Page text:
by Kenny Tschida
Fifty years ago, on March 1st, 1973, Pink Floyd dropped their 8th studio album, Dark Side of the Moon. The album would go down in history as one of the greatest, most beloved, and honored albums of all time. With Dark Side of the Moon hitting its fiftieth anniversary this year, it remains a phenomenal listen that continues influencing new generations immensely. To me, Dark Side of the Moon is a vital and paramount piece of music that will forever be a part of me.
The album starts with the intro song, “Speak to Me.” The track only lasts for about a minute, producing faint sounds of a heartbeat, quiet conversations, and cash registers as it fades into the next song, “Breathe (in the Air).” The song starts with the feeling of being held underwater for hours and then abruptly pulled out as it parades with soft and slow-tempo music that is very fitting for the psych-rock monster. Once the vocals finally kick, a feeling of relief emerges, a soothing calmness that continues through the song’s end, transitioning into our next track, “On the Run.” As the title suggests, it begins as if you are fleeing from something. Quick-tempo hitting of cymbals is accompanied by a synthesizer and electric guitar, producing a doppler effect of objects rushing by, followed by the sounds of a feminine voice over an intercom and the crashing of footsteps. The song seems to remain this way for the rest of its time, with scattered laughter and jet sounds as we progress to the next song, “Time.” The song starts with a multitude of different bells, clocks, chimes, etc. which quickly evolves into the tick-tock sound of some stopwatch, which develops into scattered sounds of drums and electric guitars. The song continues with vocals by David Gilmour and Richard Wright, accompanied by female backup singers. The song remains a reminder of time passing and how it just seems to fall through one hand like sand. The track ends slowly but beautifully, bringing us to the next track, “The Great Gig in the Sky.” With this track being the last on the first side of the record, it perfectly rounds up all we’ve previously heard. The track leaves you with phenomenal wordless vocals by Clare Torry, creating the feel of a finale even though we’re only halfway through the album.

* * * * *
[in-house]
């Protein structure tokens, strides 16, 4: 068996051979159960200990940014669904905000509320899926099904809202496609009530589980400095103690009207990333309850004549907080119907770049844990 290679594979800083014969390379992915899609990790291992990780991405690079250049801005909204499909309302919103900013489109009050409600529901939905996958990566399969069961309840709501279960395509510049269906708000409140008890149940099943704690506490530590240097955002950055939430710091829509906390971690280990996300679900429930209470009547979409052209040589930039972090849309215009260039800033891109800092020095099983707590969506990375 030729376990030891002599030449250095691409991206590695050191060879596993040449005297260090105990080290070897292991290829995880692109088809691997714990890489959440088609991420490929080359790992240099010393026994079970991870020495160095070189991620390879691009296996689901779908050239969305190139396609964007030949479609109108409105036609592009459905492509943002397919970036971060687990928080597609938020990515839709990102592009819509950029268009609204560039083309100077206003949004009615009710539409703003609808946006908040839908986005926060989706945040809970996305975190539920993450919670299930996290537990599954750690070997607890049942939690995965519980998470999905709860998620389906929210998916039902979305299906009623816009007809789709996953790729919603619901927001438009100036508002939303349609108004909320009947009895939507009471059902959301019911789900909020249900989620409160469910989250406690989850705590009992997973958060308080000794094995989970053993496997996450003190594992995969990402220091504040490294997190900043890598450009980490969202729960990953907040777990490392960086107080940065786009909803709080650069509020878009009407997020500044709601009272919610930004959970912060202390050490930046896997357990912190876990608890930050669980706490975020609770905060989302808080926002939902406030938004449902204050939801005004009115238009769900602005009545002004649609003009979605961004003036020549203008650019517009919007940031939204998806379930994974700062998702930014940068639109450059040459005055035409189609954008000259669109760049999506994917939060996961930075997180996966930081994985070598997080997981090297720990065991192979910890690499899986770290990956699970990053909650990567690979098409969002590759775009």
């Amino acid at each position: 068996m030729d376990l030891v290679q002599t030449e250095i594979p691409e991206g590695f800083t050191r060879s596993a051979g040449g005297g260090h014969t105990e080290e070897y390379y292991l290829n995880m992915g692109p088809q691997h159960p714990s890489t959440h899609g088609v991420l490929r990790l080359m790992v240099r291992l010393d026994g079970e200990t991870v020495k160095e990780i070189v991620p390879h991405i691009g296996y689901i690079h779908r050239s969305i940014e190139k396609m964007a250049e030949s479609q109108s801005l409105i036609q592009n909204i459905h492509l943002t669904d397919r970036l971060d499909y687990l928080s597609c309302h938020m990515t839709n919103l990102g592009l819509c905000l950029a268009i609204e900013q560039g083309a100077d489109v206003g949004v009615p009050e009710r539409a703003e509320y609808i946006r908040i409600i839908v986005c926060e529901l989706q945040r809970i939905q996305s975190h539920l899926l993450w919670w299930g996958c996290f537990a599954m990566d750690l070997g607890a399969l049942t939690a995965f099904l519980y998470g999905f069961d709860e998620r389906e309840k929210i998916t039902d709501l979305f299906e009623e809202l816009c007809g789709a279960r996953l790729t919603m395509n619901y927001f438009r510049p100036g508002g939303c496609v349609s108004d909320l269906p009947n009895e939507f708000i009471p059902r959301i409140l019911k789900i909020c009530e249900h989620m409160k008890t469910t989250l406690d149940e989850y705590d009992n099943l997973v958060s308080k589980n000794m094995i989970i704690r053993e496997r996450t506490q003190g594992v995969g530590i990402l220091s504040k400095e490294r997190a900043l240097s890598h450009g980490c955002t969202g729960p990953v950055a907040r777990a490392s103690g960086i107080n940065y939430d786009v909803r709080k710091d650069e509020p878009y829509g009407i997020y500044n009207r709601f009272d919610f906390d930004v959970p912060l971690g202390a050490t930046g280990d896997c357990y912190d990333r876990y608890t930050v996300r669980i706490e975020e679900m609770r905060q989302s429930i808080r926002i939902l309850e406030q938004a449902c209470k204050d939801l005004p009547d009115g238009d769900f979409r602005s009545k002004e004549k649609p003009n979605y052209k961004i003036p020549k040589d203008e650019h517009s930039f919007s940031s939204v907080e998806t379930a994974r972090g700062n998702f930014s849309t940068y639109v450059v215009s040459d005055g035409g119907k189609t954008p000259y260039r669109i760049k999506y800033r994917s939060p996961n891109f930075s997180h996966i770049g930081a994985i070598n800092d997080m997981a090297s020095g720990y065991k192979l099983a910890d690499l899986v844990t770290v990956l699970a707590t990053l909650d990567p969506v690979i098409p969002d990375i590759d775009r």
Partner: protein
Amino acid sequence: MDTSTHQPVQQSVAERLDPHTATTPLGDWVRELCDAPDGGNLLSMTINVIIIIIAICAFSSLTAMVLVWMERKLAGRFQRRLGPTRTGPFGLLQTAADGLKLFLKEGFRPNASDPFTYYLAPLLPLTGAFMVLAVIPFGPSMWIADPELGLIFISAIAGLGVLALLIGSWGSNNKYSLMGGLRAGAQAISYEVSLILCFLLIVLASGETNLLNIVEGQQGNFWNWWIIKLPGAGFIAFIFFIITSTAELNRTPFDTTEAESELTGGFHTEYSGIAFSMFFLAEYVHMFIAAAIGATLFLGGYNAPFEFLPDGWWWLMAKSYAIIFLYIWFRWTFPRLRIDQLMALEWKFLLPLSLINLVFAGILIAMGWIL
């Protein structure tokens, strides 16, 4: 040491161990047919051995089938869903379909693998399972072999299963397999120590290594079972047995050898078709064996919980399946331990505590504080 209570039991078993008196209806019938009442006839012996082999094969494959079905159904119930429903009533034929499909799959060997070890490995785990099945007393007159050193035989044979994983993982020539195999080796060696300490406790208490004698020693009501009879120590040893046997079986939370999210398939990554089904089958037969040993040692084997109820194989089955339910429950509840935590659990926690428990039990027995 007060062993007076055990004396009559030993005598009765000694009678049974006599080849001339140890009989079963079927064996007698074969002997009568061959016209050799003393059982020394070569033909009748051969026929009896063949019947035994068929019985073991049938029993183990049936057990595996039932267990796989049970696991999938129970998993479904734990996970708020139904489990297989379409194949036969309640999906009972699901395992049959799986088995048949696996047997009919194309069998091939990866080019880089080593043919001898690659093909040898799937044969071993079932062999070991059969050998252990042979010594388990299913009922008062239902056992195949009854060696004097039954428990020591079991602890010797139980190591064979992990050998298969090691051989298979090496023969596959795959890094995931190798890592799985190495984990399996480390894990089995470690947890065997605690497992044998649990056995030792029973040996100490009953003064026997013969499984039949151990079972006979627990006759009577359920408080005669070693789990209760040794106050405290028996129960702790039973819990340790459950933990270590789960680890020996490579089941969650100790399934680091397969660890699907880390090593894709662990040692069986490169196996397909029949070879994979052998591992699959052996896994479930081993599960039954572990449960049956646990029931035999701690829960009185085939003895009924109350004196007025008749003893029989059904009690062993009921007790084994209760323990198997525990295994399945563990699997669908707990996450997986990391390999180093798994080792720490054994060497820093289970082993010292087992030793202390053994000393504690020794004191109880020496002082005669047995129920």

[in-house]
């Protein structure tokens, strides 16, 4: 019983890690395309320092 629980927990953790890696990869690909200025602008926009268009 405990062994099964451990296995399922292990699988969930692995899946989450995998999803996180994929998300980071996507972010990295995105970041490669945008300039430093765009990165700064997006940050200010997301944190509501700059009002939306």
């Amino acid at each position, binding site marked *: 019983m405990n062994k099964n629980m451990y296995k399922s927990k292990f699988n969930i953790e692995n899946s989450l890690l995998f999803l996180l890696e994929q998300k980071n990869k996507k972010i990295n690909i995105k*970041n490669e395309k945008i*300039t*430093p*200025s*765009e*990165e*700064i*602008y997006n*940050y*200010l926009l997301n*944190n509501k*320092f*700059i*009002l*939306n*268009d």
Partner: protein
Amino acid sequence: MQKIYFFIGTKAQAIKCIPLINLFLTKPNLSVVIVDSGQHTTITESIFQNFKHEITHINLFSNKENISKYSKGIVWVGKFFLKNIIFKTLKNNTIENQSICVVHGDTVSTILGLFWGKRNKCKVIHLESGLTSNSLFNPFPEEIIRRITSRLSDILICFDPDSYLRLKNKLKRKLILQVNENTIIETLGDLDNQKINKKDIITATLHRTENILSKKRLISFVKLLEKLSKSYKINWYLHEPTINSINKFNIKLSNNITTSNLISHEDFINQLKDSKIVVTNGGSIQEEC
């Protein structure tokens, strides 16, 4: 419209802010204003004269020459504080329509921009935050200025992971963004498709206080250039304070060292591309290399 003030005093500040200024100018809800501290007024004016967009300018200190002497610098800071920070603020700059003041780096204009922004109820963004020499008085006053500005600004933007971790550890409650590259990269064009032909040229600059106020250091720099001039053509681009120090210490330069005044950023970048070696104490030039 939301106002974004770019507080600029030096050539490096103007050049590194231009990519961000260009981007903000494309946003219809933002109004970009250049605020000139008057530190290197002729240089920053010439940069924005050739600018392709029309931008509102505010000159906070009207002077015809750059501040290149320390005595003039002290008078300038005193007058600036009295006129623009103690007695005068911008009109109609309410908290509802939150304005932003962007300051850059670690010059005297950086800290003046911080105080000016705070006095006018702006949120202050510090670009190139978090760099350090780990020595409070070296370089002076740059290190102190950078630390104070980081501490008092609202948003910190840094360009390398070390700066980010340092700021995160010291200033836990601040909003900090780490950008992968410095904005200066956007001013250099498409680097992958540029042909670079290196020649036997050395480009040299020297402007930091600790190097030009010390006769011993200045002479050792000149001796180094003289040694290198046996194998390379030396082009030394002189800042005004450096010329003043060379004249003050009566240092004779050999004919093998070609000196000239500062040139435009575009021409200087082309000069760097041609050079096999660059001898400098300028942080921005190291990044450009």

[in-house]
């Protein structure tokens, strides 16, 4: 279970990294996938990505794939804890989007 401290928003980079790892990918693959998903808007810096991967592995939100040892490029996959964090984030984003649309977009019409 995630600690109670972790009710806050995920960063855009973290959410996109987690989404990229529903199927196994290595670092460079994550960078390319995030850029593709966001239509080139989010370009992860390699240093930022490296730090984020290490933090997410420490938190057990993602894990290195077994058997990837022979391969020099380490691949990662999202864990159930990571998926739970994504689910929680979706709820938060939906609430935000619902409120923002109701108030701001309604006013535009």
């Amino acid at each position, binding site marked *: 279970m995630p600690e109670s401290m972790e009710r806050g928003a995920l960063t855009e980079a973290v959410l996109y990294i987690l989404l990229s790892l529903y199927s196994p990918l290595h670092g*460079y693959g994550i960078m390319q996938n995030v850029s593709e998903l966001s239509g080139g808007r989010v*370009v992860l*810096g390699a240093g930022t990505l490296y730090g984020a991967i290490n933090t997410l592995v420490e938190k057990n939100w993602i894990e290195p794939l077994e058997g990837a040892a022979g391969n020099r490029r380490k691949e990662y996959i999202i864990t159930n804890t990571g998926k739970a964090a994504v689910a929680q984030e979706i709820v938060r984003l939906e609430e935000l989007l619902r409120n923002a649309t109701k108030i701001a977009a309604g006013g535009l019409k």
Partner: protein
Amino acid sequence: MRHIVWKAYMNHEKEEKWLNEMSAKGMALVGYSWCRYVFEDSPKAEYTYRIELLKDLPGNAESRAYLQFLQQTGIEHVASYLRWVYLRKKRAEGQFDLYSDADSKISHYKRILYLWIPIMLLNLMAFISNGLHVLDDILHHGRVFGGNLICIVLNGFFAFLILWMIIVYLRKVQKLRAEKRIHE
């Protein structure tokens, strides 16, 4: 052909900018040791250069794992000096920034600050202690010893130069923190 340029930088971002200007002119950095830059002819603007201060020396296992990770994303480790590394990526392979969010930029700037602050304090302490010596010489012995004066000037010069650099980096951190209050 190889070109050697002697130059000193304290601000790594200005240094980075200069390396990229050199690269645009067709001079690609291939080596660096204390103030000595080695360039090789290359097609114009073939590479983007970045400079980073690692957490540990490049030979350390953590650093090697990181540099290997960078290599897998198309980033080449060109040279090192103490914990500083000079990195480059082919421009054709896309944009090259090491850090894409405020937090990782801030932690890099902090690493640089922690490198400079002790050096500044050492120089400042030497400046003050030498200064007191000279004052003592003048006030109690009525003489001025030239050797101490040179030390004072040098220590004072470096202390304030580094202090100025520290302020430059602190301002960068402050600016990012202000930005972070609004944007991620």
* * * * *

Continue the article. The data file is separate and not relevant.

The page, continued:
The second side begins with the track “Money,” which provides the same sounds of cash registers we previously heard in “Speak to Me.” Shortly after, a bass line begins, followed by sounds of electric guitar and the vocals of David Gilmour. Sometime after, a saxophone solo is performed, which gets faster and faster, creating a very Blues feeling for the song, which ends up transitioning into a guitar solo with an eventual return to David Gilmour’s vocals as it slowly fades into the next track, “Us and Them.” The song takes a turn from its predecessors, offering a pleasantly soft and slow sound with harmonies created by organs, pianos, saxophones, and percussion. The song addresses the mindless essence of war and the issue of being chained by consumerism and materialism. The track ends loudly as we transition into our next, “Any Colour You Like.” An electronic/synthesizing-filled song with distorted guitars to compliment the psychedelic feel it produces. With no vocals, it quickly ends, where “Brain Damage” quickly begins. As we reach closer and closer to the end of the album, the tracks seem to recognize their end but wish to end at a peak. Soft vocals accompanied by various instruments and backup vocals inhabit the track where the name of the album is stated, leaving you with psychedelic noise and broken conservations as we transition to the exposition, “Eclipse.” The track feels as if it were an amalgamation of all the songs previously heard. It contains repeated melodies and vocals as the moon ‘eclipses,’ marking the album’s end with the same faint heartbeat we heard in the first track, “Speak to Me.”
Overall and again, I believe that Dark Side of the Moon is one of the greatest albums of all time. Through its fifty years, it remains timeless, being an amazing listen each and every time. Never will this album not be a good pick, and like the moon, it will continue to distinguish itself in a never-ending cycle. Final Verdict: 10/10